City Council candidates aligned on American Rescue Plan funds for excluded workers in forum

All four city council candidates answered questions Tuesday night concerning the American Rescue Plan, racial inequity, and Johnson County’s use of the MRAP. An opinion all four candidates shared was the desire to pay excluded workers with money in the American Rescue Plan.


Gabby Drees

At Large candidates Megan Alter, Jason Glass, Bruce Teague, and District B candidate Shawn Harmsen respond to questions prepared by the Johnson County League of Women Voters at City Hall Tuesday, Sept. 14, 2021.

Emily Delgado, News Reporter

All four candidates running for the Iowa City City Council agreed that money from the American Rescue Plan should be allocated to excluded workers. The candidates spoke about their campaigns at a forum hosted by the League of Women Voters of Johnson on Tuesday night.

The forum was open to the public and was streamed online. In  person, two people were in attendance.

The Fund Excluded Workers Coalition — a coalition of several Iowa City and Johnson County activist groups — had previously held a rally on Sept. 7 and spoke at the City Council meeting during public comment. 

All candidates agreed that Iowa City should be taking care of excluded workers. 

The Fund Excluded Workers Coalition considers excluded workers to be those who received no federal COVID-19 relief money, including undocumented immigrants and previously incarcerated people.

“I think that needs to be a priority. I think we should use some of those funds immediately, in fact it should have been done by now,” at-large candidate Jason Glass said. Glass went on local television to say that the excluded workers should get direct deposits. 

Mayor Bruce Teague, who is seeking reelection, said that although there was a proposal to use money from the American Rescue Plan for infrastructure, the city should focus on giving back to the excluded workers. 

Four candidates are vying for a spot on the City Council in November. Teague is the only candidate currently serving on the council. Glass, Teague and candidate Megan Alter are running for two at-large spots on the council. Shawn Harmsen is the only candidate running for District B.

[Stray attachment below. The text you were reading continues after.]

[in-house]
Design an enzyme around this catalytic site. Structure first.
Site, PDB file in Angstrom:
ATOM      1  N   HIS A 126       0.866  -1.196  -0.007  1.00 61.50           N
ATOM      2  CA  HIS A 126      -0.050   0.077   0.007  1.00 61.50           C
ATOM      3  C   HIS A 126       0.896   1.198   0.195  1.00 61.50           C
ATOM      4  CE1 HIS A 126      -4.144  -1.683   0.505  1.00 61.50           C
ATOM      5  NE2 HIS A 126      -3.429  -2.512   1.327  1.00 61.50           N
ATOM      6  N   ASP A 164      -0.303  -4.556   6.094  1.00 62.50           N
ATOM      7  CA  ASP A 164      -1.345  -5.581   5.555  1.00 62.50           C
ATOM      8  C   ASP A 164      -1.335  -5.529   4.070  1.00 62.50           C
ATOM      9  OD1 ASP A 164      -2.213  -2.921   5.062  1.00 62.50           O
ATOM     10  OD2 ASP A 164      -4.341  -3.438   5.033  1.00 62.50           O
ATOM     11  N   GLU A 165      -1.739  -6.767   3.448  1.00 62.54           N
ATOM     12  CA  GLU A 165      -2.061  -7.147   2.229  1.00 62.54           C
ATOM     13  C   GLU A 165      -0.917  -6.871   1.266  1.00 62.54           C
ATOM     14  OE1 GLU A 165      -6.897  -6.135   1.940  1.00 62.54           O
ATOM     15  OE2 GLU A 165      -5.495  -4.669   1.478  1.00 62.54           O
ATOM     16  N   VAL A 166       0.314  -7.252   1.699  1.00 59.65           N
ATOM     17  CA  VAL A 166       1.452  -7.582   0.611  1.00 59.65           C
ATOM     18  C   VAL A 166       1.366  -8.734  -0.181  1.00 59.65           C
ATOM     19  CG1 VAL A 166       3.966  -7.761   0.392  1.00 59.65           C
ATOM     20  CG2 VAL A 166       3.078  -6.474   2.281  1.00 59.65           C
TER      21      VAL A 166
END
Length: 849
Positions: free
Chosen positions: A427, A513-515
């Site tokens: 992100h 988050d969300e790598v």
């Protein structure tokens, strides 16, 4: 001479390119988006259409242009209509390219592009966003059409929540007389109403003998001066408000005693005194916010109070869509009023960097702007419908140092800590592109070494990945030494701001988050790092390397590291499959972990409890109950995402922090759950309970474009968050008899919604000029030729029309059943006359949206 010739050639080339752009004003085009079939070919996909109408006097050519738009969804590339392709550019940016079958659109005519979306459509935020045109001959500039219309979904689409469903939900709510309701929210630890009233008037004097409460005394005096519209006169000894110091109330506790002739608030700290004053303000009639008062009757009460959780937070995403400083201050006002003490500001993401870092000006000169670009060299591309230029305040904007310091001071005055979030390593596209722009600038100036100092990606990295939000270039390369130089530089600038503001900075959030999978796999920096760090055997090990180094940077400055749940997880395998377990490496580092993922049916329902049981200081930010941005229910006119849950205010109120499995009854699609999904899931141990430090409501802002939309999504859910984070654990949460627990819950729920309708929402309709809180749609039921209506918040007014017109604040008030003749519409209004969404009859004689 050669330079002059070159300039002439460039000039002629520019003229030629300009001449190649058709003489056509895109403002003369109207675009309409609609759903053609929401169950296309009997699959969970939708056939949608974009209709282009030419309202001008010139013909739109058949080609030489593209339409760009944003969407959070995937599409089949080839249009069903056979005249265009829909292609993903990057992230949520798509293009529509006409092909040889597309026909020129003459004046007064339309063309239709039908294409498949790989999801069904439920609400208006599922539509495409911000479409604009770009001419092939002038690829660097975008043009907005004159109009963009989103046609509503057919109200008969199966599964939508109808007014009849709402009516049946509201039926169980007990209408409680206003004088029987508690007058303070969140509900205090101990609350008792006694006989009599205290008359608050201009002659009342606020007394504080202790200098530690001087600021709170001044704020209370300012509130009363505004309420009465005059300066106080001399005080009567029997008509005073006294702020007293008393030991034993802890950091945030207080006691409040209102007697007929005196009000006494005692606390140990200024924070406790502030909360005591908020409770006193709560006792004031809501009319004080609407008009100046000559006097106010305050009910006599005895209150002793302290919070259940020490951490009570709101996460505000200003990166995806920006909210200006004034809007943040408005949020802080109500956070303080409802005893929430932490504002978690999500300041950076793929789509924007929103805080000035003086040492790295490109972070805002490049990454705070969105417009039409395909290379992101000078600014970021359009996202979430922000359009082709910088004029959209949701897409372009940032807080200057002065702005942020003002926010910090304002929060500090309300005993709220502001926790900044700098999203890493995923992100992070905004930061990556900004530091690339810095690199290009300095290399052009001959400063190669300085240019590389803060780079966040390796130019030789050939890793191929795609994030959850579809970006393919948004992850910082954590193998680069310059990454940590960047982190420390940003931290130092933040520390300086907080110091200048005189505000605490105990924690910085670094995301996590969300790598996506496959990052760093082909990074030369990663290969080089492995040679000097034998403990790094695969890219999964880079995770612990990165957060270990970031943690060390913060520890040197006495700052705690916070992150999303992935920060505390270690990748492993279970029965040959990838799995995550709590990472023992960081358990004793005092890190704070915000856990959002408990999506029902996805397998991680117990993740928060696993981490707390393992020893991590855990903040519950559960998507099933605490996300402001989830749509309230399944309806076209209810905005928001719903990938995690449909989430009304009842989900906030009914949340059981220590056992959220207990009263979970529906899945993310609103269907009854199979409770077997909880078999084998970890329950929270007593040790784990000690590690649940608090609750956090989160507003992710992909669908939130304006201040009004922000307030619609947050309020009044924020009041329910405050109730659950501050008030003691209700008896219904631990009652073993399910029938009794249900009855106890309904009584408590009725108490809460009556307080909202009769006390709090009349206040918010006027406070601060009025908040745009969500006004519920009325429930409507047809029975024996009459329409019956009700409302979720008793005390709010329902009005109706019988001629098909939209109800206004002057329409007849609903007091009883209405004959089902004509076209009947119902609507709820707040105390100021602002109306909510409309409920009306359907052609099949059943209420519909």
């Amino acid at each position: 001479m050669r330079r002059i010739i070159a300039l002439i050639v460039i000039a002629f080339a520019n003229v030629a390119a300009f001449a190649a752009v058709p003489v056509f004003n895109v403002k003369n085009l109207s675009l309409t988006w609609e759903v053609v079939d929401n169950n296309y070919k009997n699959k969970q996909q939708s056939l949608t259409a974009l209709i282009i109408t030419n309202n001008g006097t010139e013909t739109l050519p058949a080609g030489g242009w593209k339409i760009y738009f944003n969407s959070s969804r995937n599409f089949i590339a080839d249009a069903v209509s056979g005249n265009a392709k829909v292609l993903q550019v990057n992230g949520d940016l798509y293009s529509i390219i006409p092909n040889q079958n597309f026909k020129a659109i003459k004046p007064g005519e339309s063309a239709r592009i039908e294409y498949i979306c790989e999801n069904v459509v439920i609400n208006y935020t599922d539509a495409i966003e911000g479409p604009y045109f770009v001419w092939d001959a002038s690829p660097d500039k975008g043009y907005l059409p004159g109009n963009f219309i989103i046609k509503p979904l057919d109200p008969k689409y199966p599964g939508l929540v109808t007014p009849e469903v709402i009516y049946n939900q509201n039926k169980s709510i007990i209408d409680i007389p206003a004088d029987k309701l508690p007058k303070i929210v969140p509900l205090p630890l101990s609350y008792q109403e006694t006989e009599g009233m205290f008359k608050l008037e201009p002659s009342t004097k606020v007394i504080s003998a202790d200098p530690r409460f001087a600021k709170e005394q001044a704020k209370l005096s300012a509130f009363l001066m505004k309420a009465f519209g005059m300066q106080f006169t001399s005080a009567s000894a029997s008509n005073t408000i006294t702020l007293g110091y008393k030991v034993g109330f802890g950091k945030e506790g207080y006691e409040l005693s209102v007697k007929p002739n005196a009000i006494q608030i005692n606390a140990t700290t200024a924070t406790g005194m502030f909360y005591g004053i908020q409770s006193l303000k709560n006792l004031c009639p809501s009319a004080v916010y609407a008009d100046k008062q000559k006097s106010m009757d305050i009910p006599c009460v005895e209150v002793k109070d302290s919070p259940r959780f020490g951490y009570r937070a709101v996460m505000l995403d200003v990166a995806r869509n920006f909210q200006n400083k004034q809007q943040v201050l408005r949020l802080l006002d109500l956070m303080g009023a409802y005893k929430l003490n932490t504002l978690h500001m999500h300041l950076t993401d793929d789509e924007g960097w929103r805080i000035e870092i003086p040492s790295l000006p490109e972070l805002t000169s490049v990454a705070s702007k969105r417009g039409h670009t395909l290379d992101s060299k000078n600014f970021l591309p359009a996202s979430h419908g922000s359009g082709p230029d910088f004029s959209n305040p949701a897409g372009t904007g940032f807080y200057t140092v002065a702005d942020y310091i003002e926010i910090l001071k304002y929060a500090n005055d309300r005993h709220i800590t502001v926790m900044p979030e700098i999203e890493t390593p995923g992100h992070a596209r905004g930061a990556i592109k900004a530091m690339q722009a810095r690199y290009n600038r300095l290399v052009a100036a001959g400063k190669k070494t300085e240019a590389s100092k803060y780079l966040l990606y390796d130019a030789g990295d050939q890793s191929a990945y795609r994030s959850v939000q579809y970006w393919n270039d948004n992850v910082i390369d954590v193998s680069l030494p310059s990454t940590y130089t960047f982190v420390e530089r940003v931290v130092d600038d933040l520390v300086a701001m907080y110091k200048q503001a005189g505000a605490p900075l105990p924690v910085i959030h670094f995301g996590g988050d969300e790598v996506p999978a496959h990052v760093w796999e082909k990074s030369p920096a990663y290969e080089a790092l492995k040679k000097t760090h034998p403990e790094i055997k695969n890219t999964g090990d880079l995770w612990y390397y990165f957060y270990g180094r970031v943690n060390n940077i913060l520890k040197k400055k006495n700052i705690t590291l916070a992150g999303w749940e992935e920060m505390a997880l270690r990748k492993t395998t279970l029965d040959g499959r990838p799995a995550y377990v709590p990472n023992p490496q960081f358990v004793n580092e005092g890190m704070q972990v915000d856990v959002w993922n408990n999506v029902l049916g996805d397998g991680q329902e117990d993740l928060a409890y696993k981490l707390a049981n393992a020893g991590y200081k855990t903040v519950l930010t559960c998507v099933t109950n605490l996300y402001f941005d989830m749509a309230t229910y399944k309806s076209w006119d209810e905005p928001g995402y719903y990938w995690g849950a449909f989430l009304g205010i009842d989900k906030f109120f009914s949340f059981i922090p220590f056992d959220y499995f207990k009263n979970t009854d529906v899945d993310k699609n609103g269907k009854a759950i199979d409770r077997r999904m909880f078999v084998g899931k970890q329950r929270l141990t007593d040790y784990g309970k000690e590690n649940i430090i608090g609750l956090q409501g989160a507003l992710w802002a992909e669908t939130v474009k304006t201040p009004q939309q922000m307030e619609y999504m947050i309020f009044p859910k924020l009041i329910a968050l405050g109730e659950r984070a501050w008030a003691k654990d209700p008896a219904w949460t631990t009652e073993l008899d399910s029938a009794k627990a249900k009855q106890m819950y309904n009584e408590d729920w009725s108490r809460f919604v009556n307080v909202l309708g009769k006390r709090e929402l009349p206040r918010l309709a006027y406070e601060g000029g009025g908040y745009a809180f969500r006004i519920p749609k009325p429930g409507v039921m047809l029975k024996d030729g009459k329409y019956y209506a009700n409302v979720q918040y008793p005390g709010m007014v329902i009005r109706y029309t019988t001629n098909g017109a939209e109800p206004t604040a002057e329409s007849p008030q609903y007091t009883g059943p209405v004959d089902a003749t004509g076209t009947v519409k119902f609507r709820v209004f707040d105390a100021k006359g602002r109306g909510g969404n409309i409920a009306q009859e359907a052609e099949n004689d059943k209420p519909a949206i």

“We really want to take care of those who got hit the hardest,” Harmsen said.   

The question of Johnson County’s use of its mine-resistant ambush protected vehicle, or MRAP, sparked disagreement between the candidates. 

Glass told a story about a shooting that happened near his daughter and was thankful that the MRAP was near. 

“We absolutely need to have guidelines for how to use that equipment,” Glass said. 

Megan Alter, At-Large Candidate, argued that although she understands that the MRAP is present for protection, it does not appear like protection.

“​​I absolutely think that the police have to be literally physically protected as do residents potentially,” Alter said. 

Alter, a resident of the South District, spoke about how alarming it is for kids and residents of the South District to see the MRAP on their streets. 

Alter also added that there has been conversation that the MRAP could be replaced with a less intimidating vehicle but still be armed. 

“Luckily, there might be some other options out there, vehicles which can provide that armored protection without looking like it’s rolling up to take over and start a firefight with insurgents in the middle of a neighborhood in Iowa City,” Harmsen said. 

Harmsen stated that he believes that police protection and community should be able to coexist. 

The question of how the council is going to address racial inequity was asked and Harmsen answered by saying that the council needs to support groups like the Truth and Reconciliation Commision.

Glass also supports the work of the TRC and added that the council  must listen to other voices in the community, like the Black Voices Project. 

Candidates finished the hour-longforum by addressing topics that weren’t talked about during the evening. 

“I think it’s a disservice that we spend so much time talking about some issues of law enforcement, and that we have not spent enough time talking about how we collaborate and bring people together on solutions for that,” Glass said. 

Glass brought up the gun violence that has happened in Iowa City in the last year and half, which resulted in 22 people being hit with five homicides. He added that he believes the fire department needs to be developed more as its staffing has not increased in 10 years. 

Mayor Teague emphasized the need for providing opportunities for every resident in the city. 

I think that there are opportunities for all of us, but we do have to contribute in some aspects and make sure that we all excel,” Teague said.